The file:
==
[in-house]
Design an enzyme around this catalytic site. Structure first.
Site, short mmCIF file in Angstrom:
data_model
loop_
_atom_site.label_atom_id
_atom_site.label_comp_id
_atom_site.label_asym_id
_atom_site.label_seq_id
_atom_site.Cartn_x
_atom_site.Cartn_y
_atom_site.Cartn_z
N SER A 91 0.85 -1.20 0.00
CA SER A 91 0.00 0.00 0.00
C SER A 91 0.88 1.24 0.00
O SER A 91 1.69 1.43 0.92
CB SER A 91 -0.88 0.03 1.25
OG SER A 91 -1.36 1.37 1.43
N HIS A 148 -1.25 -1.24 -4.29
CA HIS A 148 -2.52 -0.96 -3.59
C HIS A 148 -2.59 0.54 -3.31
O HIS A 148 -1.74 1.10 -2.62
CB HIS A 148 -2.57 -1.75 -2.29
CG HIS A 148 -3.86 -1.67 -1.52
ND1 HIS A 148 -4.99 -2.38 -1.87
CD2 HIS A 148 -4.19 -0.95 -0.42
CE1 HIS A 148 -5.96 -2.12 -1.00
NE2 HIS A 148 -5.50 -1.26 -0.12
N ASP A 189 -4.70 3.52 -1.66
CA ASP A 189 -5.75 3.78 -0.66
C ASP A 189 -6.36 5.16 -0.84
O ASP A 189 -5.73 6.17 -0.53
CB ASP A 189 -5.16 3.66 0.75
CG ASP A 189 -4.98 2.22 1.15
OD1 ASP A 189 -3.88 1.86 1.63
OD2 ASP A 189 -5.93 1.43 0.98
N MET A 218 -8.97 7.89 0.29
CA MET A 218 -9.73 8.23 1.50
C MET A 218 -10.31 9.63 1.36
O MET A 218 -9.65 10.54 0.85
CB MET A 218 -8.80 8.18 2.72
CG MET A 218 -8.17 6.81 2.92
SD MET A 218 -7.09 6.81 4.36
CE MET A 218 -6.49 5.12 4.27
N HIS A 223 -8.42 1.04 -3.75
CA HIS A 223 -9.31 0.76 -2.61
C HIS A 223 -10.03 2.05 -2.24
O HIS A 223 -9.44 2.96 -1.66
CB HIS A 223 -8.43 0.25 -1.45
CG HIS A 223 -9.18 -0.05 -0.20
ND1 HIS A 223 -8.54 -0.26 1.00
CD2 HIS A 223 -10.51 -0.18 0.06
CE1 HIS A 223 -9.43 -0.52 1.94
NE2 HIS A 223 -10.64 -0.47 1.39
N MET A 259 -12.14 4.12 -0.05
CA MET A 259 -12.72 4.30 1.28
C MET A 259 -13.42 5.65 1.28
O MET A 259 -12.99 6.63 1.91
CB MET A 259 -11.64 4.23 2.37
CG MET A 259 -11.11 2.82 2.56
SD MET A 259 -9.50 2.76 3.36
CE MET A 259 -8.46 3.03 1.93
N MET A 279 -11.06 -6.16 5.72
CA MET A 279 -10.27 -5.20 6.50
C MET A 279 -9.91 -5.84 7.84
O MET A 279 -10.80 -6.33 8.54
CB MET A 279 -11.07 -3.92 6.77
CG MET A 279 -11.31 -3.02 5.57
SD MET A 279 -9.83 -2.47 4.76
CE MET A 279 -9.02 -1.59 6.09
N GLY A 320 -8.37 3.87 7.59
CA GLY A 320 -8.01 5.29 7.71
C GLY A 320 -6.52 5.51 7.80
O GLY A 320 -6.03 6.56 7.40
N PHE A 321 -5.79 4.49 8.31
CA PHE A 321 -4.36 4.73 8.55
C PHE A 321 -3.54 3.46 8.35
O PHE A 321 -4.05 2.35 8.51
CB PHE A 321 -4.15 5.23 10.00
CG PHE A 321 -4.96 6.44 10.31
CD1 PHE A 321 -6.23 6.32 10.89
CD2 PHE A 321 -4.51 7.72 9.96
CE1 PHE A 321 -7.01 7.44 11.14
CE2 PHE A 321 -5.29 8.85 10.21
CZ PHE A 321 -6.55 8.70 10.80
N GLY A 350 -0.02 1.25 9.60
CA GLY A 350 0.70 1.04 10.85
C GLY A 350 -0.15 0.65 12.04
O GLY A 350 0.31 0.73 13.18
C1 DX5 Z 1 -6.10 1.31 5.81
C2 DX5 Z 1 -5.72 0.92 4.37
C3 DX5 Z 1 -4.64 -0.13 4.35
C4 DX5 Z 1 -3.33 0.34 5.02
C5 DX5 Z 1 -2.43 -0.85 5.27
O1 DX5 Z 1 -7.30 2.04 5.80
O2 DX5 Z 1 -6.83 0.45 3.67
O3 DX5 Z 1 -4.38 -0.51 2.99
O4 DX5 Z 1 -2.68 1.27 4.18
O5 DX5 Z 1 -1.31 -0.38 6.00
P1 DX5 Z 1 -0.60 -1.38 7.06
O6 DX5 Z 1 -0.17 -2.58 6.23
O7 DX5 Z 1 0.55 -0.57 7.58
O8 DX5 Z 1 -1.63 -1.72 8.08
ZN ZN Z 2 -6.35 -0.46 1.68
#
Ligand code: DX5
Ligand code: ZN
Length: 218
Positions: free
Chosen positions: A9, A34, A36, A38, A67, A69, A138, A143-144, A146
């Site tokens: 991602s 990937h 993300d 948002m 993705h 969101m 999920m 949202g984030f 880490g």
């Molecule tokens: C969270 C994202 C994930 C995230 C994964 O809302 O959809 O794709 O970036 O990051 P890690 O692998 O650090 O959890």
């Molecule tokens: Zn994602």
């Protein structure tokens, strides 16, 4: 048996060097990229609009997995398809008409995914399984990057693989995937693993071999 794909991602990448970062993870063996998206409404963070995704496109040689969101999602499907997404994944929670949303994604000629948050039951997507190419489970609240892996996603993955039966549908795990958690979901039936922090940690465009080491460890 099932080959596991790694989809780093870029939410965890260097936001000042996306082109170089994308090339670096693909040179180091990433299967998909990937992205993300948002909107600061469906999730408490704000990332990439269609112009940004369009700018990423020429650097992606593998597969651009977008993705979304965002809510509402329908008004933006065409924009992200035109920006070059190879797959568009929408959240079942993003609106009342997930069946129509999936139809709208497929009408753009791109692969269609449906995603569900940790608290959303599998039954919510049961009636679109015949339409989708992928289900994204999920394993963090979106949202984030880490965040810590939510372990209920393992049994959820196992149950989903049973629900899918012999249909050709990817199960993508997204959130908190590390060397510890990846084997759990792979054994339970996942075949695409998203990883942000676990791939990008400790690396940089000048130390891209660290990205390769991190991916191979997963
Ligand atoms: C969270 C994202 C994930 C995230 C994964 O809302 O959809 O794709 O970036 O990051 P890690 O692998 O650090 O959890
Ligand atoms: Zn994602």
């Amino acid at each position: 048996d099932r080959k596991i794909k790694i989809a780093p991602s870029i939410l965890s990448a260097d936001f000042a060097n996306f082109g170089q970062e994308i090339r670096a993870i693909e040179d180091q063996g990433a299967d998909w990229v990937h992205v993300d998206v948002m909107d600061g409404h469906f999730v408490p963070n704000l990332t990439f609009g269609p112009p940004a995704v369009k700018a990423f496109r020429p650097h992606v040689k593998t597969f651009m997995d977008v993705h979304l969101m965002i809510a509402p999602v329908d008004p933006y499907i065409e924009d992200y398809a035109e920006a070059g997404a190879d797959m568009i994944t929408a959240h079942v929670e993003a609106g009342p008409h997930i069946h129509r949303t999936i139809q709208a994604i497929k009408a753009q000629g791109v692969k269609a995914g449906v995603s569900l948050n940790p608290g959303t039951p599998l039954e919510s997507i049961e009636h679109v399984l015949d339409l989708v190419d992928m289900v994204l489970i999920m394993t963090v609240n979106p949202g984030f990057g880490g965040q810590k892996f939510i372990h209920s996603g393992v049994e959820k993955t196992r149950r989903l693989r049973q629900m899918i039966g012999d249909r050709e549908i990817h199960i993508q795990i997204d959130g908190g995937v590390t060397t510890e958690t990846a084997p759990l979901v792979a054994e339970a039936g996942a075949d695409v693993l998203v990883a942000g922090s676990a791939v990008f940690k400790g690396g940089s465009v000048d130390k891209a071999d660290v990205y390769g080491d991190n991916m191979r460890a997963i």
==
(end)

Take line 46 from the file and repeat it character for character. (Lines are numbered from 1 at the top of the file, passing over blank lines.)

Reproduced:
CA HIS A 223 -9.31 0.76 -2.61